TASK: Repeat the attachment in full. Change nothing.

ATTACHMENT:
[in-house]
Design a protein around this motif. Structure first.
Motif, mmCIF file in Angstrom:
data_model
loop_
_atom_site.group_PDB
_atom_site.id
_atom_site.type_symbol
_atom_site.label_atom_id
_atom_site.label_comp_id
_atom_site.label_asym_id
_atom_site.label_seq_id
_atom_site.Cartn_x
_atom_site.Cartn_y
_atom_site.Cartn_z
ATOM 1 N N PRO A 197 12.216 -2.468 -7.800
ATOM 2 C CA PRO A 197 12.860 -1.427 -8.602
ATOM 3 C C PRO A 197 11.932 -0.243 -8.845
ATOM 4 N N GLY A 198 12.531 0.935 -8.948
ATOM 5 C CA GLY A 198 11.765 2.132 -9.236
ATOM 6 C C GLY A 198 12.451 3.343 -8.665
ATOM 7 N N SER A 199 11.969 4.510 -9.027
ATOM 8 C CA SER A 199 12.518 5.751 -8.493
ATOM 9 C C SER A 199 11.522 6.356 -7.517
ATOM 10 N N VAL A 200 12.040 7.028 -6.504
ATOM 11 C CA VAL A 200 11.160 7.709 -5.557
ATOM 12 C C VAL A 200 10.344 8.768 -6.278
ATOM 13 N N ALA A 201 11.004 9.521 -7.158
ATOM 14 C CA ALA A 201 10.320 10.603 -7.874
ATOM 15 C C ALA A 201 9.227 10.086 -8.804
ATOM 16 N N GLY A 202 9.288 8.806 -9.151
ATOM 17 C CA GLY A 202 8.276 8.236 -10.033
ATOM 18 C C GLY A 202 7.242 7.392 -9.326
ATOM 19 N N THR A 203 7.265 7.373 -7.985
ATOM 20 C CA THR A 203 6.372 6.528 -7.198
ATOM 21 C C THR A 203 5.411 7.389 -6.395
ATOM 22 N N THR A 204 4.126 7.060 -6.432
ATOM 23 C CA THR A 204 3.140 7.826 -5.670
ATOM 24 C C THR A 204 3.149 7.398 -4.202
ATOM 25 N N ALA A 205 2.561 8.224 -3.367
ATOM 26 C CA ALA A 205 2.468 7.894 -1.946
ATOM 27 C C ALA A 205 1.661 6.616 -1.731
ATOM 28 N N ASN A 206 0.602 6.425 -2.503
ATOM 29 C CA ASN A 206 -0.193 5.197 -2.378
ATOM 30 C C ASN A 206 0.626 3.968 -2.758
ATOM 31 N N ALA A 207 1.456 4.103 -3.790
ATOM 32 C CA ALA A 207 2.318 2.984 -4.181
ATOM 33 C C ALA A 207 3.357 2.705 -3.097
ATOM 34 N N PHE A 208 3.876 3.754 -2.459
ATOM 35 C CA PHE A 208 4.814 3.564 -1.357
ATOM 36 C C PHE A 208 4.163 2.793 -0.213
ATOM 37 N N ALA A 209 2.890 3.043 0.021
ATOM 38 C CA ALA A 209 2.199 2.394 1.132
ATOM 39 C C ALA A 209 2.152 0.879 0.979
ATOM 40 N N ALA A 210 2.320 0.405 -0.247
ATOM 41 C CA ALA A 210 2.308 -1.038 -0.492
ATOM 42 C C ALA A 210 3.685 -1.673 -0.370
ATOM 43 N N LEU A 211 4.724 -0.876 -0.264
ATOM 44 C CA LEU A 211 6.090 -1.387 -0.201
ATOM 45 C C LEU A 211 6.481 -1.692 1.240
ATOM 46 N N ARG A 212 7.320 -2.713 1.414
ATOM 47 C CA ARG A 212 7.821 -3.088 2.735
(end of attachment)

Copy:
[in-house]
Design a protein around this motif. Structure first.
Motif, mmCIF file in Angstrom:
data_model
loop_
_atom_site.group_PDB
_atom_site.id
_atom_site.type_symbol
_atom_site.label_atom_id
_atom_site.label_comp_id
_atom_site.label_asym_id
_atom_site.label_seq_id
_atom_site.Cartn_x
_atom_site.Cartn_y
_atom_site.Cartn_z
ATOM 1 N N PRO A 197 12.216 -2.468 -7.800
ATOM 2 C CA PRO A 197 12.860 -1.427 -8.602
ATOM 3 C C PRO A 197 11.932 -0.243 -8.845
ATOM 4 N N GLY A 198 12.531 0.935 -8.948
ATOM 5 C CA GLY A 198 11.765 2.132 -9.236
ATOM 6 C C GLY A 198 12.451 3.343 -8.665
ATOM 7 N N SER A 199 11.969 4.510 -9.027
ATOM 8 C CA SER A 199 12.518 5.751 -8.493
ATOM 9 C C SER A 199 11.522 6.356 -7.517
ATOM 10 N N VAL A 200 12.040 7.028 -6.504
ATOM 11 C CA VAL A 200 11.160 7.709 -5.557
ATOM 12 C C VAL A 200 10.344 8.768 -6.278
ATOM 13 N N ALA A 201 11.004 9.521 -7.158
ATOM 14 C CA ALA A 201 10.320 10.603 -7.874
ATOM 15 C C ALA A 201 9.227 10.086 -8.804
ATOM 16 N N GLY A 202 9.288 8.806 -9.151
ATOM 17 C CA GLY A 202 8.276 8.236 -10.033
ATOM 18 C C GLY A 202 7.242 7.392 -9.326
ATOM 19 N N THR A 203 7.265 7.373 -7.985
ATOM 20 C CA THR A 203 6.372 6.528 -7.198
ATOM 21 C C THR A 203 5.411 7.389 -6.395
ATOM 22 N N THR A 204 4.126 7.060 -6.432
ATOM 23 C CA THR A 204 3.140 7.826 -5.670
ATOM 24 C C THR A 204 3.149 7.398 -4.202
ATOM 25 N N ALA A 205 2.561 8.224 -3.367
ATOM 26 C CA ALA A 205 2.468 7.894 -1.946
ATOM 27 C C ALA A 205 1.661 6.616 -1.731
ATOM 28 N N ASN A 206 0.602 6.425 -2.503
ATOM 29 C CA ASN A 206 -0.193 5.197 -2.378
ATOM 30 C C ASN A 206 0.626 3.968 -2.758
ATOM 31 N N ALA A 207 1.456 4.103 -3.790
ATOM 32 C CA ALA A 207 2.318 2.984 -4.181
ATOM 33 C C ALA A 207 3.357 2.705 -3.097
ATOM 34 N N PHE A 208 3.876 3.754 -2.459
ATOM 35 C CA PHE A 208 4.814 3.564 -1.357
ATOM 36 C C PHE A 208 4.163 2.793 -0.213
ATOM 37 N N ALA A 209 2.890 3.043 0.021
ATOM 38 C CA ALA A 209 2.199 2.394 1.132
ATOM 39 C C ALA A 209 2.152 0.879 0.979
ATOM 40 N N ALA A 210 2.320 0.405 -0.247
ATOM 41 C CA ALA A 210 2.308 -1.038 -0.492
ATOM 42 C C ALA A 210 3.685 -1.673 -0.370
ATOM 43 N N LEU A 211 4.724 -0.876 -0.264
ATOM 44 C CA LEU A 211 6.090 -1.387 -0.201
ATOM 45 C C LEU A 211 6.481 -1.692 1.240
ATOM 46 N N ARG A 212 7.320 -2.713 1.414
ATOM 47 C CA ARG A 212 7.821 -3.088 2.735